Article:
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Let's talk about the Environment

Joe Eames
Mormon, Christian, Father, Educator, CEO of Thinkster.io, Organizer of @ngconf, @frameworksummit & React Conf. Front end developer, and Software Craftsmanship Evangelist.
・4 min read

Hollywood likes to portray heroes as people who, no matter the odds, no matter the situation, unerringly pursue their goal. Think Jason Bourne, Captain America, or Rudy. Never doubting, never faltering, their character is as constant as the north star. This implies the fact that "great people" have constant behavior no matter the circumstances.

This is all a lie. Our behavior is so profoundly affected by our environment, that they might as well make movies about places and not people. The list of ways that our environment affects our behavior is simply astounding.

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Photos by Derek Howard

As just one example: In one of my favorite experiments, a researcher discovered that the lingering smell of "fart spray" will cause people to be harsher of their moral judgments of others.

The environment affects so many things. Is your boss really short with you? You're more likely to write bugs. Is your spouse unappreciative of something you've done? You're more likely to be short with your kids. Someone gives you an unexpected and genuine compliment? You're more likely to be confident, outgoing, and take risks. Got middle child syndrome? Studies show that you pretty much have that with your family, but elsewhere in life, it mostly goes away. The most confident CEO in the world might actually be very passive at home with her spouse.

So much of our behavior is determined by our environment. The place we are, the people we surround ourselves with, they make all the difference in how we treat ourselves and others, and how we perform. Surround yourself with people who believe in you and your performance will improve.

We focus so much on how we act when we are trying to change our behavior, but we rarely consider our environment enough. Want to lose weight? Change your kitchen from a hidey-hole of refined sugar to a cornucopia of veggies and lean meat (or vegan delicacies).

Controlling our environment is a powerful way to control our behavior. And there are three very effective ways to exert this control.

First is the obvious solution: Move yourself. Go to a new environment. If the environment you're in isn't giving you the results you want, find a new environment.

Find a new hobby and spend time there. Get a new job. Move to a new part of town or a new city.

This can be a tough thing to do, but it's often clean and straightforward to do.

Second, change your environment. Want more friendly coworkers? Start being friendlier to them. In the book "Win Bigly" by Scott Adams, he relates a rather entertaining story of how he spent a lot of time using marijuana and noticed that people were much nicer to him in general. He thought it was the effects of the drug that changed his perception, but later on discovered it was actually because he was much nicer to others while he was high. (Please don't use this as an excuse to self-medicate. That leads to different but far more serious complications than people not being as nice to you). The effect his own behavior had on others was palpable. And so it can be with you. Increase your compliments to others. Be more empathetic and vulnerable. Be more encouraging and supportive. And watch the same happen to you in return.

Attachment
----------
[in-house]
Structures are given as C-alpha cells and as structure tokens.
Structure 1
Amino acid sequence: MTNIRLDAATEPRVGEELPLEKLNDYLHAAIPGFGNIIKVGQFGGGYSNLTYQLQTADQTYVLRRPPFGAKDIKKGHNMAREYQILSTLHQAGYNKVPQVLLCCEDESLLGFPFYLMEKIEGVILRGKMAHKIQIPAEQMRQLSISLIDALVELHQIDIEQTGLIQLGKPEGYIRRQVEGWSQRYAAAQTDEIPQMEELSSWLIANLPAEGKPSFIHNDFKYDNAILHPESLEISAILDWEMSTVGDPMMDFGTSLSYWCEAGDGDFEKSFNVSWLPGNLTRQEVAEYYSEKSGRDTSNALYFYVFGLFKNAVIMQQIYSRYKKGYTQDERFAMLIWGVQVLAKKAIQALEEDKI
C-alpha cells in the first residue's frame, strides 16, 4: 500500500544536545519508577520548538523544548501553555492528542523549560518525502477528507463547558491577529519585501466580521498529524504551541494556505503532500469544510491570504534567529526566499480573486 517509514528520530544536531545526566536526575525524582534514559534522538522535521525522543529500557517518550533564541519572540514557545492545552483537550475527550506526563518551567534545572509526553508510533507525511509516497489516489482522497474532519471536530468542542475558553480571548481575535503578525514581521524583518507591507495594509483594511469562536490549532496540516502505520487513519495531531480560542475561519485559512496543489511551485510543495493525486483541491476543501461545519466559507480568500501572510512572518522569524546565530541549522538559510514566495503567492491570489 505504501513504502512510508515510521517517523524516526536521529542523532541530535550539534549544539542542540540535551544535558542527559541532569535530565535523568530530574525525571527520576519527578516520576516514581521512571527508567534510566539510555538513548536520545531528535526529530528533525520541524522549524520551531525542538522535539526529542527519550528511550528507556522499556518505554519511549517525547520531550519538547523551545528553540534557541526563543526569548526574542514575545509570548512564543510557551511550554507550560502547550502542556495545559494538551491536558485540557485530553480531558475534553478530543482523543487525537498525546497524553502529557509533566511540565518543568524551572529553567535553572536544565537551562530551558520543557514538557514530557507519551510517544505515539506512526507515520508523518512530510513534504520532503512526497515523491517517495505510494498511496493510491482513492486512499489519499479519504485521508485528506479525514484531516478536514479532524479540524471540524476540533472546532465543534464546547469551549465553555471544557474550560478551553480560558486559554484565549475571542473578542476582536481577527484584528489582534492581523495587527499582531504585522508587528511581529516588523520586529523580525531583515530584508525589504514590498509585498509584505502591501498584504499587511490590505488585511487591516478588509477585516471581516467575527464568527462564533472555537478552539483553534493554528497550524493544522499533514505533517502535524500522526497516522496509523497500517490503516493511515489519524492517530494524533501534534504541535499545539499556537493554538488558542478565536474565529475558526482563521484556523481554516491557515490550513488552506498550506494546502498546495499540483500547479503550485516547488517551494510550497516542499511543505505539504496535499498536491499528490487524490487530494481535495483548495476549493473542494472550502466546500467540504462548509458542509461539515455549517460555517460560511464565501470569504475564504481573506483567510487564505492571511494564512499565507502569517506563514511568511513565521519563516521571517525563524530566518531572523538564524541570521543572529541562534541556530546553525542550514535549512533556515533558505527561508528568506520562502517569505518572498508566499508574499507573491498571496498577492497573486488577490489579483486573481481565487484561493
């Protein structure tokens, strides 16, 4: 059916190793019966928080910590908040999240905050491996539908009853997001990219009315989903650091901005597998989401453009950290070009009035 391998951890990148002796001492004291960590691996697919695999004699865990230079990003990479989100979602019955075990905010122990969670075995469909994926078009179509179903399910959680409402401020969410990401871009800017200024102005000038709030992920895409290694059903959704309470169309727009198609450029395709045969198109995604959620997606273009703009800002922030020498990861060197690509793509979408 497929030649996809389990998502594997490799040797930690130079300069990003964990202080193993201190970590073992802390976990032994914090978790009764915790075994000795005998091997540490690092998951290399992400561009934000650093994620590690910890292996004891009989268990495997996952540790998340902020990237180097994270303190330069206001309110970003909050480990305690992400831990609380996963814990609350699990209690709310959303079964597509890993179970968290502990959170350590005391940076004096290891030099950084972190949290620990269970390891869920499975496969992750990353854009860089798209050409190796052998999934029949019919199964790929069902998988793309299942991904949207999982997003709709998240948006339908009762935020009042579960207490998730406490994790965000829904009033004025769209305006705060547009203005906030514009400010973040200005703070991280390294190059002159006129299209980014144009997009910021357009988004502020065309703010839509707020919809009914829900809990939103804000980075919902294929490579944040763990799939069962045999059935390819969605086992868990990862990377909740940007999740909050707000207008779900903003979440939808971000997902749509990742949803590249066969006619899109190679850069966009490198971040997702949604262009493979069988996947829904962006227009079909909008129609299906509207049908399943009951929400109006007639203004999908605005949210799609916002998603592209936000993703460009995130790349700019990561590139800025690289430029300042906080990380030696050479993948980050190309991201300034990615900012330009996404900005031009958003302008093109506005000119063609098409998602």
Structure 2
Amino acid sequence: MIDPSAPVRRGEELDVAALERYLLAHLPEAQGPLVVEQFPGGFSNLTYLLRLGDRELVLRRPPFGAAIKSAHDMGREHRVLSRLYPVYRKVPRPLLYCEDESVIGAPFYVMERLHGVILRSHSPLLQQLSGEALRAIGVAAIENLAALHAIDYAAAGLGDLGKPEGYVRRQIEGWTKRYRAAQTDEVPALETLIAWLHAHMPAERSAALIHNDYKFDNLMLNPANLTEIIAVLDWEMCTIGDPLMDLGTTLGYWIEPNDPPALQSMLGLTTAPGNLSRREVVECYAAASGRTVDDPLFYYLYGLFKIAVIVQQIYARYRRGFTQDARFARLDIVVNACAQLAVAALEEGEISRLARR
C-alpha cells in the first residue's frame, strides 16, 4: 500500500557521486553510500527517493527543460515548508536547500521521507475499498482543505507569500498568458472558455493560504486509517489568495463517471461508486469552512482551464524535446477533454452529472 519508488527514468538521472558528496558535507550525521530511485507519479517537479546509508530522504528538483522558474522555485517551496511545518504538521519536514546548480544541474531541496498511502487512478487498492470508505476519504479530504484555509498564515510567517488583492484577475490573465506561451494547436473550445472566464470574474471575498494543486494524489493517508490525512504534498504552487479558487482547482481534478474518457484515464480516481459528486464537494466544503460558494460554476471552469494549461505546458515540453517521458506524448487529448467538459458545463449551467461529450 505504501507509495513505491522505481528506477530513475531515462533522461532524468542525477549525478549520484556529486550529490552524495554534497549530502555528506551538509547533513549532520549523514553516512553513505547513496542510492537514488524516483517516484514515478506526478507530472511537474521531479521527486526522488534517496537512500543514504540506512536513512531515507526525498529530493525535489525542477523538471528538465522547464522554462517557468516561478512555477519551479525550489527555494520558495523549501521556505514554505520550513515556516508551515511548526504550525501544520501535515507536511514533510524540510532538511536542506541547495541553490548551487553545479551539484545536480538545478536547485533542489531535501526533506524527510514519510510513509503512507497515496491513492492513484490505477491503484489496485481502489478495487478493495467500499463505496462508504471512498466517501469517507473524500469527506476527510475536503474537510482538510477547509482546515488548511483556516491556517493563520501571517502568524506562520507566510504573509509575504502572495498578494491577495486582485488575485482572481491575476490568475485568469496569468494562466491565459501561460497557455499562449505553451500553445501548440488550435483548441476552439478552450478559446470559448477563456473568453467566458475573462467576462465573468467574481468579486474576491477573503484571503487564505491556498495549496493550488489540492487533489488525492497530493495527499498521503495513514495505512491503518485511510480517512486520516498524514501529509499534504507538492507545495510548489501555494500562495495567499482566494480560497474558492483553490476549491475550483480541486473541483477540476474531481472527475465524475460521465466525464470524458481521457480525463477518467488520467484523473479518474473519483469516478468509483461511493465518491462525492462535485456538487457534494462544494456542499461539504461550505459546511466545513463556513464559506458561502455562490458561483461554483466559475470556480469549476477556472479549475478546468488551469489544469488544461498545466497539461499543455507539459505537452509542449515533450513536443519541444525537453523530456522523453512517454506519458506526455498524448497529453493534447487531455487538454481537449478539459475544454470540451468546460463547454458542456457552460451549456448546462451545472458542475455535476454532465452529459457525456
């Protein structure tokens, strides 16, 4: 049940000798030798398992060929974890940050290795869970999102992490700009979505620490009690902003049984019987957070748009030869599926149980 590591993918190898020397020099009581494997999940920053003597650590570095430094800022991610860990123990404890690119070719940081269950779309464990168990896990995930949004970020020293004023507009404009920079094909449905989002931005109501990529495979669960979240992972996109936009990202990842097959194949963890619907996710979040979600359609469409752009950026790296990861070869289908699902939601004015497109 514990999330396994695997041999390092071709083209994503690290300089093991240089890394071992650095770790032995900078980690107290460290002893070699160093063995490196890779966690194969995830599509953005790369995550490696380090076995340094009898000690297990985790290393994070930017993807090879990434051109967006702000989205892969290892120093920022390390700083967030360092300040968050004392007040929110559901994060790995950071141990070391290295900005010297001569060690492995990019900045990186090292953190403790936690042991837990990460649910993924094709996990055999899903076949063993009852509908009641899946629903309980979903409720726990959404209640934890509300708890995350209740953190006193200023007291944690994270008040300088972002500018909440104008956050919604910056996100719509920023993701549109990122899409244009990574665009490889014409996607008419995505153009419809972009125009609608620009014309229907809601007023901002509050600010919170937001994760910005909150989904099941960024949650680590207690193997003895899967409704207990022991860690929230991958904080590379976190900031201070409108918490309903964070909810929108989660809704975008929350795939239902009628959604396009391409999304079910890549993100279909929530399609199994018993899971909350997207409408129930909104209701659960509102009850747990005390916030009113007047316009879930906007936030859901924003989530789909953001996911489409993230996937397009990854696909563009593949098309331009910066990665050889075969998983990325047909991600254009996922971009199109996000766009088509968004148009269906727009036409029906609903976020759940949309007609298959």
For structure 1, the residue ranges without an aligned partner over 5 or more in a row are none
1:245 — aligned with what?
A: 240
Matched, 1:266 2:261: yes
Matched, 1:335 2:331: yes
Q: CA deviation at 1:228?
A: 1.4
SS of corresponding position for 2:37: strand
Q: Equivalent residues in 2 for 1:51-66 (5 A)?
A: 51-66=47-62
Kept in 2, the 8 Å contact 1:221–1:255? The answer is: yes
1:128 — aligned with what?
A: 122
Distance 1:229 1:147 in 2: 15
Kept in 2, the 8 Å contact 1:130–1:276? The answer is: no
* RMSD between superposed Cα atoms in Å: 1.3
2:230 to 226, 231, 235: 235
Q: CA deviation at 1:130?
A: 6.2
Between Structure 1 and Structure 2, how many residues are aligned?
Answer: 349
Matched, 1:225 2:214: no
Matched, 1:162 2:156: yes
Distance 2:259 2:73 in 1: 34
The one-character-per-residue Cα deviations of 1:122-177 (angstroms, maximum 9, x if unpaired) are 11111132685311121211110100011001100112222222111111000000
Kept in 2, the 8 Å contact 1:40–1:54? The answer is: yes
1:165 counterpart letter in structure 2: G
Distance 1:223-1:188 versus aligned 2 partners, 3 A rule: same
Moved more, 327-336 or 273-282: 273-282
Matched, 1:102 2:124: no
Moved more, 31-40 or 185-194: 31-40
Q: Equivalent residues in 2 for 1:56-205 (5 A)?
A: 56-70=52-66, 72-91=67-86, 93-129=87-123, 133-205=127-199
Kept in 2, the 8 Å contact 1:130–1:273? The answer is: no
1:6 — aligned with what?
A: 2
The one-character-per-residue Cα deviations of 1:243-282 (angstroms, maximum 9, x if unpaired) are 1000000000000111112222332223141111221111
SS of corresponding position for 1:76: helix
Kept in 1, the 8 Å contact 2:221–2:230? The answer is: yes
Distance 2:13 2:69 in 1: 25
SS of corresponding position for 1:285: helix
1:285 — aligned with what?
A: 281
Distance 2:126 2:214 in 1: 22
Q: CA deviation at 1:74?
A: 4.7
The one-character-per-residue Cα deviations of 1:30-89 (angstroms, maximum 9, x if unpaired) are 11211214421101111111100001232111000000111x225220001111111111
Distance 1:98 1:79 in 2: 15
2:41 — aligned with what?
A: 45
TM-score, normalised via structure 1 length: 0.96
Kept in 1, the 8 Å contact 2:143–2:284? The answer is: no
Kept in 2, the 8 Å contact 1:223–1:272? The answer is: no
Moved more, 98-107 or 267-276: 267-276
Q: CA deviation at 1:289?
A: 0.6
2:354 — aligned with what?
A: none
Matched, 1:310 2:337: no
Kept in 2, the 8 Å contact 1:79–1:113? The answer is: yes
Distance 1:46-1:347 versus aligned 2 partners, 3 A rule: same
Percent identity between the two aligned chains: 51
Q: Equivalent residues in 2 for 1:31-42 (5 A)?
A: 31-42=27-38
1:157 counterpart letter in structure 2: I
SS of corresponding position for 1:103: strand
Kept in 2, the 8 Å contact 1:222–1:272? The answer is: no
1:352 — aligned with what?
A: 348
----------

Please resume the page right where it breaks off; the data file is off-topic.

This can be the most difficult of the three methods. Making lasting changes to your environment that truly affect or improve your situation takes diligence and discipline. But it's worth it. 

Finally, change your perception of your environment.

Too much negativity? Start looking for the good in others. Boss an a-hole? Start looking for their good traits and focus on those. Does work suck? Focus on all the things that are great about it.

I have two suggestions here to make this more effective:

Volunteer - nothing makes your life seem better, and also more meaningful, than serving others who are in need.

Count your Blessings - it may sound trite, but seriously, sit down and write a list of all the good things about something you are frustrated with. Give it some serious time and effort and you'll be amazed at all the things you can come up with. Then keep that list handy for a while, and refer to it often.

I'd like to wrap up with a personal story. I once had a job I thought was basically a dream job. I got my first serious management responsibility, the path I thought I wanted to be on. I was the lead developer for twenty developers across three time zones and on two continents. On the surface, it was basically perfect. But I hated that job. I'd never used so much foul language in anger and frustration in my life. I dropped f-bombs in anger like they were going out of style. That wasn't me. And yet it was. It just wasn't who I wanted to be.

I was constantly angry and frustrated. I tried hard to make the best of a bad situation, tried to "be my best self", but it wasn't until I quit that job that things got better.

Ultimately my behavior was a product of the environment I'd put myself in. I was fortunate that I could leave that job. Not everyone has that ability. But for me, no matter how I struggled against it, I just wasn't the person I wanted to be at that job.

The old saying that we are products of our environment is really quite true, but that doesn't mean that we don't have control. We just need to choose our environment carefully.

What part of your environment is dragging you down? Turning you into someone you don't want to be? What changes can you make to improve your situation, your mindset, and the joy you experience in life?

Happy Coding!

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